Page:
In reply to an earlier post on Mar 15, 2013 7:43:26 AM PDT
Kristin Ames said:
>>I don't order many items through Amazon anymore due to the combination of the Texas taxes and this ridiculous Add-On Item program. I'm doing most of my ordering on ebay now, and any of my Amazon purchases are through 3rd party out of state sellers.

J.H.--Yeah, the enchantment of super saver shipping is wearing thin, thanks to the newly added state tax collection. It's just the sad fact that our dollar buys less at the online retailer now, like it did at the store on main street. I just can't buy as much as I'd like.

In reply to an earlier post on Mar 15, 2013 7:39:22 AM PDT
LegoGirl said:
(HELP FORUM PRO)
>>You're a tax dodger if you haven't already been paying the "use tax" we always owed here in Texas prior to the change. Now you know why Rick Perry was so hell-bent on getting Amazon to collect it for him.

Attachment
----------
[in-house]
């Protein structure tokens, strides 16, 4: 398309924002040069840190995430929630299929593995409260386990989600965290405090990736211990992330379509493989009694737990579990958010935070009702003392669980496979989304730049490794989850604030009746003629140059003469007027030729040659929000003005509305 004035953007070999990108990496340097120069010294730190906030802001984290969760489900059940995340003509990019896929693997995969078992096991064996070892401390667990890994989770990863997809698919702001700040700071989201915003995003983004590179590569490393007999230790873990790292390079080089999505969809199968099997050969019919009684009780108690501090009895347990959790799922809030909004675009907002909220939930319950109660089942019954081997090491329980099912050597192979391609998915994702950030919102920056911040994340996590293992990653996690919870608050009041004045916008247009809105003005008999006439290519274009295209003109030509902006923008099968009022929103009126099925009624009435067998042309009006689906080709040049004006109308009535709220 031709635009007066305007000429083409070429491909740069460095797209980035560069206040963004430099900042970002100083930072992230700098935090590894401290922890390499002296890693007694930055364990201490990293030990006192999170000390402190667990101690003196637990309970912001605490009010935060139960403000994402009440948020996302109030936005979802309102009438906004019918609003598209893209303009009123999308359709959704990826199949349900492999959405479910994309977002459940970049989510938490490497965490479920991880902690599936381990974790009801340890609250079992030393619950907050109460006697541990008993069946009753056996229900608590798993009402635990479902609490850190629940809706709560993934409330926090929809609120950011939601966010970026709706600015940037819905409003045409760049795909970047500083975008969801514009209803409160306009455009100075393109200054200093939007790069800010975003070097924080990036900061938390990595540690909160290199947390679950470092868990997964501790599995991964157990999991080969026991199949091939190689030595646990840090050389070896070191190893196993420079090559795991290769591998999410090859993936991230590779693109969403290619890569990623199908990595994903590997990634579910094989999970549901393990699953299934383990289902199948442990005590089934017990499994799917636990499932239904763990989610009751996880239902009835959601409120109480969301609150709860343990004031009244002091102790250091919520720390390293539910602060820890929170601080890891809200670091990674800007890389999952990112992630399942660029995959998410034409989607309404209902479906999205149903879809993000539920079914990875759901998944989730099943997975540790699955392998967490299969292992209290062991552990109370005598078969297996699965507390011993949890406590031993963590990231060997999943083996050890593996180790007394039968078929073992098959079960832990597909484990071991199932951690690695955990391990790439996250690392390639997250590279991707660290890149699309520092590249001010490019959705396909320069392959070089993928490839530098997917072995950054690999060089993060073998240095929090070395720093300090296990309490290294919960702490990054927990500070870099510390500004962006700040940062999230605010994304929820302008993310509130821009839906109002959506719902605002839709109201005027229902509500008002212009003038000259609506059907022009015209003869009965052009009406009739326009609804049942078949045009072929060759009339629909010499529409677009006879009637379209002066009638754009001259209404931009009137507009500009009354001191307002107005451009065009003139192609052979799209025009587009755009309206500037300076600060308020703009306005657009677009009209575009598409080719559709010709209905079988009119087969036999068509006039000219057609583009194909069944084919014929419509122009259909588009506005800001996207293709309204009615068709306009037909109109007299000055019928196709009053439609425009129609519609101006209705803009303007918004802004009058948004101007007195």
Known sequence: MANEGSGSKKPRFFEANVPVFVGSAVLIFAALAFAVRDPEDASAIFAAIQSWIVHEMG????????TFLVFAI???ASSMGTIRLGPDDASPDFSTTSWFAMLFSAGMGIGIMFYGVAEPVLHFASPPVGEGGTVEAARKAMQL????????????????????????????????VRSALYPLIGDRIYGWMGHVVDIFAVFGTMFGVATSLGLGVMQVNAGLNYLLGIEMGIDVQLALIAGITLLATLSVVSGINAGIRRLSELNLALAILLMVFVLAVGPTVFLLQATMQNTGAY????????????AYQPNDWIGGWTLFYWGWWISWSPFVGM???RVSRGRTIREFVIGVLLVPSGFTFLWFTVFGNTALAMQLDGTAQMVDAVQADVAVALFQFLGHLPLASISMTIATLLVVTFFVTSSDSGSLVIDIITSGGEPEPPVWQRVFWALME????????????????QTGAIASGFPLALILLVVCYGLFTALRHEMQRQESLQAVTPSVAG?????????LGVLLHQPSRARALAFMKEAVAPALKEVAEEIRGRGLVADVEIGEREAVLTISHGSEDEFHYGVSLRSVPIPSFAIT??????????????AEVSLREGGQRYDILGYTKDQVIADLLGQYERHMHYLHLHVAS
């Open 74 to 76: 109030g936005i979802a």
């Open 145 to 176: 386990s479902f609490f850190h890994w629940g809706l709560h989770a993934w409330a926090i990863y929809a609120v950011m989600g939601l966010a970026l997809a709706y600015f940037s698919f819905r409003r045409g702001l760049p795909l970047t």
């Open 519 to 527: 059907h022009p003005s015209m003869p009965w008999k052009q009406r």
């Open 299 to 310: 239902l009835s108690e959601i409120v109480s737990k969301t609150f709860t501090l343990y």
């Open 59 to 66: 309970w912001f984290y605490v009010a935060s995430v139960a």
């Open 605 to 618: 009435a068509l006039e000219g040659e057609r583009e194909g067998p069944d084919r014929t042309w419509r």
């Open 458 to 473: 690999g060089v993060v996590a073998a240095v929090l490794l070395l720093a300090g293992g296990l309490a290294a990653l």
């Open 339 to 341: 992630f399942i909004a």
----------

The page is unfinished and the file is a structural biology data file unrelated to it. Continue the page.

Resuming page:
J.H.--Living in another state, where "sales" tax is just that, and only collected through and by businesses for remuneration to the state, I'm bemused that Texas has something called "use" tax. Over here business license holders don't even pay sales tax on business supplies, they're exempt from paying until they collect on actual sales.

Your "use" tax sounds like your government in Texas expects you to tally all your purchase receipts and make them out a direct cheque, like an income tax, or a value added tax (where each sales accrues additional tax upon value and taxes already paid.) If that were the case, I suspect Amazon wouldn't be playing the role of tax collector. Their payment to the state of Texas will only be a percentage figure of gross sales within that state.

Your customers aren't evading taxes. The business is only now being made accountable as an in-state business.

In reply to an earlier post on Mar 15, 2013 7:23:55 AM PDT